Dell Advert - July 1987
From Personal Computer World
You'd better believe this... or you won't believe our prices
Michael Dell started out at the age of 13 selling mail-order stamps, and by the time he was at High School he was earning some $17,000 a year selling newspaper subscriptions with the aid of an Apple II. Whilst at college, he started buying parts to upgrade older IBM PCs that dealers were desperate to get rid of and would re-build them to order, by asking customers what they wanted, phoning up a parts supplier in Dallas, flying up there to collect them and hauling the whole lot back in a car and trailer to Austin. By the age of 19, Dell was making over $30,000 a month, at which point he dropped out of college to run his new company full time. By 1987, at the age of 22 and only three years after starting PC's Limited, his company was turning in revenues of $70 million a year. Compared to IBM, Apple or Compaq's revenue, this might have been small beer, but it proved that the PC market still had room for new ideas.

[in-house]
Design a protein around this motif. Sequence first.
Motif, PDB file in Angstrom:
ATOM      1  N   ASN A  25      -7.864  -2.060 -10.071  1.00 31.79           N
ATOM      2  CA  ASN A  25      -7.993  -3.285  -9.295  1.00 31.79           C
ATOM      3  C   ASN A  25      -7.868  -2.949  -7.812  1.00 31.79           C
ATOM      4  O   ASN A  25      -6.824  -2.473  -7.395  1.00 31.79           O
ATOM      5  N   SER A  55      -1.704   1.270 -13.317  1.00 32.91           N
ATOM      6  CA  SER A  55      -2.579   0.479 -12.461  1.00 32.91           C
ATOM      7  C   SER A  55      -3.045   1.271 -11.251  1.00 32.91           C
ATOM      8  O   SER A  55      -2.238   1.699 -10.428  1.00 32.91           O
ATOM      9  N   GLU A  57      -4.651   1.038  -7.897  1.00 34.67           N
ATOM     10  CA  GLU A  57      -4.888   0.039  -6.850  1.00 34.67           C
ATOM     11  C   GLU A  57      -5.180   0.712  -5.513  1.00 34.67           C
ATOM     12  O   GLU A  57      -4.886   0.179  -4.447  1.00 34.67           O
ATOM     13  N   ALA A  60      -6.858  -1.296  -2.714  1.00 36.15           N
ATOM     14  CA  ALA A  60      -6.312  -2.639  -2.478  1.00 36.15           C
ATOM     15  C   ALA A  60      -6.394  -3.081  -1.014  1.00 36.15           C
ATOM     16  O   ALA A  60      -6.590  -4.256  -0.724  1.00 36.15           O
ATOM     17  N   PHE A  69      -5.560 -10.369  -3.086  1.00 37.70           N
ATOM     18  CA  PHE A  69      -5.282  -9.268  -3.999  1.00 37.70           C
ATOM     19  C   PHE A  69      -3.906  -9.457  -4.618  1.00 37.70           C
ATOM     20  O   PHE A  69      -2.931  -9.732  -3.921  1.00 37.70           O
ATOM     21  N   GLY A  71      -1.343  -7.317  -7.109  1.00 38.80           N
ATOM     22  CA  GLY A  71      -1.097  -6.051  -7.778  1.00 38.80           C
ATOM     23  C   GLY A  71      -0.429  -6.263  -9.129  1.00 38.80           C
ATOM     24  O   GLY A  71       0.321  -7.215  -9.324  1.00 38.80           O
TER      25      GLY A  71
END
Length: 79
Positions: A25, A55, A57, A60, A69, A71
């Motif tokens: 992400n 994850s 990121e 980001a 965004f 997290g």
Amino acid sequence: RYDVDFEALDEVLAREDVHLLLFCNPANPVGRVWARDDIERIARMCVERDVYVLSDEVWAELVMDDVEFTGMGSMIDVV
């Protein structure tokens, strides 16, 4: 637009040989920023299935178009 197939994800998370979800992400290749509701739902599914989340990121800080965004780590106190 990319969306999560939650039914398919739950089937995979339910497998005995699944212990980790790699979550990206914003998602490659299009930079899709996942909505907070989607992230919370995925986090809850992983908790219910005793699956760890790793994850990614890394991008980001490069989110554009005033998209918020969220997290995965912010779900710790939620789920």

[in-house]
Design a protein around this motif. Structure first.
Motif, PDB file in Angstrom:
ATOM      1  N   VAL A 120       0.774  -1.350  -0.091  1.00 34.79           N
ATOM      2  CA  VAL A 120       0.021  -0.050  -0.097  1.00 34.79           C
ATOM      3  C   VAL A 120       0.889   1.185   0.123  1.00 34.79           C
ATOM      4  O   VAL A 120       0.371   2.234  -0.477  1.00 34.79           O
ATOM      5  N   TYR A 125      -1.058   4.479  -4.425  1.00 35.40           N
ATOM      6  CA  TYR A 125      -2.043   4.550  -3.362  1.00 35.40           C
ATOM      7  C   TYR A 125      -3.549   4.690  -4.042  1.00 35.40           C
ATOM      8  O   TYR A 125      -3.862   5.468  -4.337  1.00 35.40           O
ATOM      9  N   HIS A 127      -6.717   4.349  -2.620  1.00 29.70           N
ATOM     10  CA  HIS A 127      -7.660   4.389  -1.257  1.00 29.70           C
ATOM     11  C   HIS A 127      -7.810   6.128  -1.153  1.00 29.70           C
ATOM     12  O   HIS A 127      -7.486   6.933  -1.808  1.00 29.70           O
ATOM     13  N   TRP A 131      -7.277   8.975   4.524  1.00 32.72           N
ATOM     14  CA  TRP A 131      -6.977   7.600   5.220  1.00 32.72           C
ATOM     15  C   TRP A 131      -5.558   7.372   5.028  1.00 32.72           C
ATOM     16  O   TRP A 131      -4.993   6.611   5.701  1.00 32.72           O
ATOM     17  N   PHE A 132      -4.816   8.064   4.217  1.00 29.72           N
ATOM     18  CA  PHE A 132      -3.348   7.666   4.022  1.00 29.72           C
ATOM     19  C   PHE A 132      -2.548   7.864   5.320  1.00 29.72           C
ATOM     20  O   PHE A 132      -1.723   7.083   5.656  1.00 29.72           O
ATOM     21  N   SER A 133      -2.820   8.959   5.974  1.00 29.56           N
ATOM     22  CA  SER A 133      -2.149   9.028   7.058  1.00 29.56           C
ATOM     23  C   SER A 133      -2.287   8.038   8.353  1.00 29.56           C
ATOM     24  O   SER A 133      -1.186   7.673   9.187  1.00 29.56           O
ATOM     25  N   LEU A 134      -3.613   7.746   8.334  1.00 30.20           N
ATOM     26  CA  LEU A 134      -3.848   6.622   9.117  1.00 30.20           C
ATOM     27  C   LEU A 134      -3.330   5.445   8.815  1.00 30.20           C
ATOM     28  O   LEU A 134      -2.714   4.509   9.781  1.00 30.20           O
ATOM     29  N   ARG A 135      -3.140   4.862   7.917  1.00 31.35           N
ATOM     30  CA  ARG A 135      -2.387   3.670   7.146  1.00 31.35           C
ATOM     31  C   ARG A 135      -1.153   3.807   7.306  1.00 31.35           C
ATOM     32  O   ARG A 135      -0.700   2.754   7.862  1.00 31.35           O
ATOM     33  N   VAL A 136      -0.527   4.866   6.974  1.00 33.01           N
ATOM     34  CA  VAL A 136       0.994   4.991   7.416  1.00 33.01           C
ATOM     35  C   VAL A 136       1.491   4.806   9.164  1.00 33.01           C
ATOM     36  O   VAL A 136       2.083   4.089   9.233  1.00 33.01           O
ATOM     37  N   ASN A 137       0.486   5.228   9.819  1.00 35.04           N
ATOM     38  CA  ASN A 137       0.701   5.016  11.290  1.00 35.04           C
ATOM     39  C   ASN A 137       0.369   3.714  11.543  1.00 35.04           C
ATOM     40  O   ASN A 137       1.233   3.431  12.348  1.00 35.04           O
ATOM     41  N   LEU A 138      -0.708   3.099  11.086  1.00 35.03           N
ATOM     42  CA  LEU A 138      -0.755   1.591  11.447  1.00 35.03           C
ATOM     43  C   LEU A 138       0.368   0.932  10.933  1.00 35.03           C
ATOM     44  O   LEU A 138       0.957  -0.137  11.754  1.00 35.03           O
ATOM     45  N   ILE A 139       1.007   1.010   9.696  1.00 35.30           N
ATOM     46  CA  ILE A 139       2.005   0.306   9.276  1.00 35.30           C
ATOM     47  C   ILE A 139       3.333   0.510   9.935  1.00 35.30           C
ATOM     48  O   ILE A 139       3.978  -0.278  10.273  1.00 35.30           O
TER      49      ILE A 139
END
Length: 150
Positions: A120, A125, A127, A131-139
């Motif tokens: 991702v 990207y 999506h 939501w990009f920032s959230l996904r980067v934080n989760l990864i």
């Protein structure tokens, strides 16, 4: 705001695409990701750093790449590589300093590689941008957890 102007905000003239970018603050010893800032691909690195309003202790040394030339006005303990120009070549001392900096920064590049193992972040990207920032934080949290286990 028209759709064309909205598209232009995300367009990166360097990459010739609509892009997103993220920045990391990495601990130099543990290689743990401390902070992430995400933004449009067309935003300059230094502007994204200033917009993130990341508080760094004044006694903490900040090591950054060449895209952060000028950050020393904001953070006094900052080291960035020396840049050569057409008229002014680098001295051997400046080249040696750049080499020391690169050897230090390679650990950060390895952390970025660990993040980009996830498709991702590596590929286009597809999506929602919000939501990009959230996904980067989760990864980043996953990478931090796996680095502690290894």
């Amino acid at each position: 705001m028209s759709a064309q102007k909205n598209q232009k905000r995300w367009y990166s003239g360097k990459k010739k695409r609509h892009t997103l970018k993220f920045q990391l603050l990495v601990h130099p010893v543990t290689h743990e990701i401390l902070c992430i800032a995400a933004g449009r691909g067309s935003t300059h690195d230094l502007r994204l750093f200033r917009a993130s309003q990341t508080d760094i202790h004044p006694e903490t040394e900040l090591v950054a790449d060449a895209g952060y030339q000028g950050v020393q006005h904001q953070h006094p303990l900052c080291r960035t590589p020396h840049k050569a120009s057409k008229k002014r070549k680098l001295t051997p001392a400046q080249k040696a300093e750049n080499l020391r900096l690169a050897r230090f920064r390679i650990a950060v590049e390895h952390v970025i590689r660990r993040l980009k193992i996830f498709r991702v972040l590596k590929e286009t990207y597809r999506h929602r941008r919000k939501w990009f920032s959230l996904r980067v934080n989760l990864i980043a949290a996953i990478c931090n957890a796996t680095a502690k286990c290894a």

Michael Dell, © Personal Computer World, July 1987In the summer of 1987, PC's Limited launched in the UK as Dell Computer Corporation, based in Bracknell, Berkshire, where it continued with its direct-to-consumer model. Mail order had a spotty record in the UK, with Sinclair's infamous "28 days delivery" actually meaning "some time in the next few months" having tarnished the idea. However, maybe its time had finally come - perhaps Dell could actually deliver when it said it could, or perhaps it was the fact that it actually offered proper professional-level on-site support, but whatever it was the company proved successful in its direct-sales approach.
Back in 1985, PC's Limited was the focus of attention at the November Comdex Show in Las Vegas as crowds flocked to see its breakthrough sub-$2,000 IBM AT clone. Whilst some of its early lower-spec machines were built for it by American Research Corporation, by 1987 it was designing and building its own hardware, and became one of the first companies to release a "hybrid" machine which could support the as-yet-unreleased OS/2 - the much-delayed Microsoft operating system intended for IBM's new PS/2. At the time it was expected that IBM's new Micro-Channel Architecture would become the next dominant hardware platform and that it was only a matter of time before official MCA-PS/2 clones came out, so machines like this were seen as a stop gap.